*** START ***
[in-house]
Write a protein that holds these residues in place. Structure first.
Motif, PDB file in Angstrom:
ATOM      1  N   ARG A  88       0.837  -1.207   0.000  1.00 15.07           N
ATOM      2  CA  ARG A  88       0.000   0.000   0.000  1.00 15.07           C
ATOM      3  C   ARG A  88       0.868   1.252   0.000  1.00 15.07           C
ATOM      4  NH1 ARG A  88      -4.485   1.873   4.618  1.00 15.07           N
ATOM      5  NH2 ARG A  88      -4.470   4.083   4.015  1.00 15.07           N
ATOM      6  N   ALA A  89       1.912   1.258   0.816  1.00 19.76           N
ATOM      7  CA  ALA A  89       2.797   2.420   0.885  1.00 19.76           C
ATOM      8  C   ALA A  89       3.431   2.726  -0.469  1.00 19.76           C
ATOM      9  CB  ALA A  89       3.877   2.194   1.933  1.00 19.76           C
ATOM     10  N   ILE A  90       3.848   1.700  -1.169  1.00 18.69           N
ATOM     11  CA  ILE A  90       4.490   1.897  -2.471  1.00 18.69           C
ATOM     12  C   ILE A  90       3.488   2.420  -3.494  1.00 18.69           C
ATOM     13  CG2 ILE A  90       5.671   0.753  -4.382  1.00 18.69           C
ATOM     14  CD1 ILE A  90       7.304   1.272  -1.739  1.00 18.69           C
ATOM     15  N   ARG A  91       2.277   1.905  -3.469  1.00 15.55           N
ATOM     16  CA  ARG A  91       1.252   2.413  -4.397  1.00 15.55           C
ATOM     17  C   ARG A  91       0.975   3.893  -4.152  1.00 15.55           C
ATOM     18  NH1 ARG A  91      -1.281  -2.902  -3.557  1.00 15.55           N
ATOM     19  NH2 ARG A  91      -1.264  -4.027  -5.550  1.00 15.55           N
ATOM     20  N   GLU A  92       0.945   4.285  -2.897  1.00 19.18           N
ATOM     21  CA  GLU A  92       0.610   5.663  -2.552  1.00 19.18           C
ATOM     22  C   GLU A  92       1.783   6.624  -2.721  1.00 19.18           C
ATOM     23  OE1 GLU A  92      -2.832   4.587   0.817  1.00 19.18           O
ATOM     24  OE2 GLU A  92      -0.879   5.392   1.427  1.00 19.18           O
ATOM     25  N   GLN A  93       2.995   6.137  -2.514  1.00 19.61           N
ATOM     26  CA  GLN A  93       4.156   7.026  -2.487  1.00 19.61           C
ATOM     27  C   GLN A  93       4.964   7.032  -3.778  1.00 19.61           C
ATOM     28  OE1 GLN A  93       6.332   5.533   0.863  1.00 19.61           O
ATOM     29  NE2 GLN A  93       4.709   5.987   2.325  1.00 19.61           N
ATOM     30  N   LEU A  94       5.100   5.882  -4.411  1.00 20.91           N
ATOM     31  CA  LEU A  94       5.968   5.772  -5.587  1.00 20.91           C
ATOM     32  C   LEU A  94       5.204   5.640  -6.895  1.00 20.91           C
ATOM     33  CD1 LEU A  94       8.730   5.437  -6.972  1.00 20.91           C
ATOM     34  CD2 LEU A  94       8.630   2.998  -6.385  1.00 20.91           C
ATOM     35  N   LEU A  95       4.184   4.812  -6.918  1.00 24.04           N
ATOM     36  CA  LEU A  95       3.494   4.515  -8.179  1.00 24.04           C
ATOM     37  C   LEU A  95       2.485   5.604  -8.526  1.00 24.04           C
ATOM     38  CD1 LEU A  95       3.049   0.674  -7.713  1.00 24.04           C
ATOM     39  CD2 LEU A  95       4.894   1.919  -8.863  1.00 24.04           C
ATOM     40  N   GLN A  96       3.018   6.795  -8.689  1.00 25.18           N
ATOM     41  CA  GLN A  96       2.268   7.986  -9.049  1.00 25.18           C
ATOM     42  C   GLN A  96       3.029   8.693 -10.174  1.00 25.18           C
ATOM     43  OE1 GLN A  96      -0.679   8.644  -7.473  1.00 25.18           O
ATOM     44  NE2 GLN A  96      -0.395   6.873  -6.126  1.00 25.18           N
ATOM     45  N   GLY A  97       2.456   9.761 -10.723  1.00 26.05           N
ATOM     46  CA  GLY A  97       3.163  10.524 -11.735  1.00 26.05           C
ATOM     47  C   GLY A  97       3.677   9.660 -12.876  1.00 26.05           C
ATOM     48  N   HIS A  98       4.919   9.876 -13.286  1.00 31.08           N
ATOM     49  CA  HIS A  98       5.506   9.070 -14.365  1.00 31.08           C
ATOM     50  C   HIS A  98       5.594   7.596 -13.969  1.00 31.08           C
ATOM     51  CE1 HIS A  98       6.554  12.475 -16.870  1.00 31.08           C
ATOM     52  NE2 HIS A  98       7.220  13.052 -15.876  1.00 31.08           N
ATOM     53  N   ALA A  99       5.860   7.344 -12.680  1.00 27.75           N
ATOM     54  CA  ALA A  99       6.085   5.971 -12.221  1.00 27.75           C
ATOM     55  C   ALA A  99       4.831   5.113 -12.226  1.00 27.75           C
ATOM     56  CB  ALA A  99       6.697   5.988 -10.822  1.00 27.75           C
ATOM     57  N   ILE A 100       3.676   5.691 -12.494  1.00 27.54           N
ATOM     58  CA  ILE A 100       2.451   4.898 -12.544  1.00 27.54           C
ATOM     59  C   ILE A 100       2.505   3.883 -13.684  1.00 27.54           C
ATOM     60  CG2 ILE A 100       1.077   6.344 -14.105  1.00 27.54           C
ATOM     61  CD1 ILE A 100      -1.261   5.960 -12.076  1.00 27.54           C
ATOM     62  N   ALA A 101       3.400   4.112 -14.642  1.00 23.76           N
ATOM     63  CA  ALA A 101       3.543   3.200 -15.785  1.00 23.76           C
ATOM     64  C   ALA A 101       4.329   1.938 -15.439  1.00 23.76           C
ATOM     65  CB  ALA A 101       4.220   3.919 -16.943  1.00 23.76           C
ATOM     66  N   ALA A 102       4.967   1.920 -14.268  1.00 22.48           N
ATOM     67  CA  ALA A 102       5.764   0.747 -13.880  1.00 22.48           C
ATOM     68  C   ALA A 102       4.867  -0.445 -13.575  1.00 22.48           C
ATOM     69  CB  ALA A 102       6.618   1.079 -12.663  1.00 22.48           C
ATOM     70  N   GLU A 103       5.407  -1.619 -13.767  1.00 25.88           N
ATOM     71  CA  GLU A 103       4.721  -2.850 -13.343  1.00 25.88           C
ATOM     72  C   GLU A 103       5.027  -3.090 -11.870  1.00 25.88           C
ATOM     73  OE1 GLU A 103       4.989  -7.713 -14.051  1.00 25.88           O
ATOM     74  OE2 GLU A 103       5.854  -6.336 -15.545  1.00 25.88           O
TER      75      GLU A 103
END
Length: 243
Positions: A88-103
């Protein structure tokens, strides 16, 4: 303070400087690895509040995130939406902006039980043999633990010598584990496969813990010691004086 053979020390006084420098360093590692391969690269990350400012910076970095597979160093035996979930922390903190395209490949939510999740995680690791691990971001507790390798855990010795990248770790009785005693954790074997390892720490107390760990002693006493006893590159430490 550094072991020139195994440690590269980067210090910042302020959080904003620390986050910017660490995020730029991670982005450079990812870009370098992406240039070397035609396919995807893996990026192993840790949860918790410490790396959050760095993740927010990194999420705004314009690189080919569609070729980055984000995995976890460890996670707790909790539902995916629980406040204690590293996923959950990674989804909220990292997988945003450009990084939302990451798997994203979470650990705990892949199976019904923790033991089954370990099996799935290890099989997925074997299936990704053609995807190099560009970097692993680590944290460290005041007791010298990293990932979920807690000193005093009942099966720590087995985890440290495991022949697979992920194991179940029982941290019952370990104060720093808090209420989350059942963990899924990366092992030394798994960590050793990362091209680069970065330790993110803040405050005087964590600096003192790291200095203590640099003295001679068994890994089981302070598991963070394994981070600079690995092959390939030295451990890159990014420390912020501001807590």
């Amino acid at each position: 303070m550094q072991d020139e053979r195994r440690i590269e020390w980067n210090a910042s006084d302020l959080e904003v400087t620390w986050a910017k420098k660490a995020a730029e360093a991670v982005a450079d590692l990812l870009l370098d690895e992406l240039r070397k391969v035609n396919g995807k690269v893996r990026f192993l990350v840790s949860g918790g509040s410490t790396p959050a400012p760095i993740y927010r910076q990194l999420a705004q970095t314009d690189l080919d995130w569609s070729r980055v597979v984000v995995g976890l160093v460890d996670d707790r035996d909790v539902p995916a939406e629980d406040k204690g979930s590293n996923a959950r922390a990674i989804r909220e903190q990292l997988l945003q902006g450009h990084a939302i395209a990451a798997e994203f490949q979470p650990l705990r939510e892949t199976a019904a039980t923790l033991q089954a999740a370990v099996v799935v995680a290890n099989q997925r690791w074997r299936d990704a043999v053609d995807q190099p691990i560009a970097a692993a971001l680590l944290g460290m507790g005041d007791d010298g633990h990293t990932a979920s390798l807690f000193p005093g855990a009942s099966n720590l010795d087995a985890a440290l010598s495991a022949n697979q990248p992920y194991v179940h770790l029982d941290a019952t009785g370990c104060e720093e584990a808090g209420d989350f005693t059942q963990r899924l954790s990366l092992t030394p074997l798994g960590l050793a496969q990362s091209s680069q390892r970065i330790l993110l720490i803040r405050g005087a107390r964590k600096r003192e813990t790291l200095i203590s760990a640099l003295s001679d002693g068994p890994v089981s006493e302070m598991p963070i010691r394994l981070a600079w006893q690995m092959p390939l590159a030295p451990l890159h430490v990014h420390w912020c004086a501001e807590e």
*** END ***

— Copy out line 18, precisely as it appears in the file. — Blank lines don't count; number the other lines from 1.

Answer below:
ATOM     15  N   ARG A  91       2.277   1.905  -3.469  1.00 15.55           N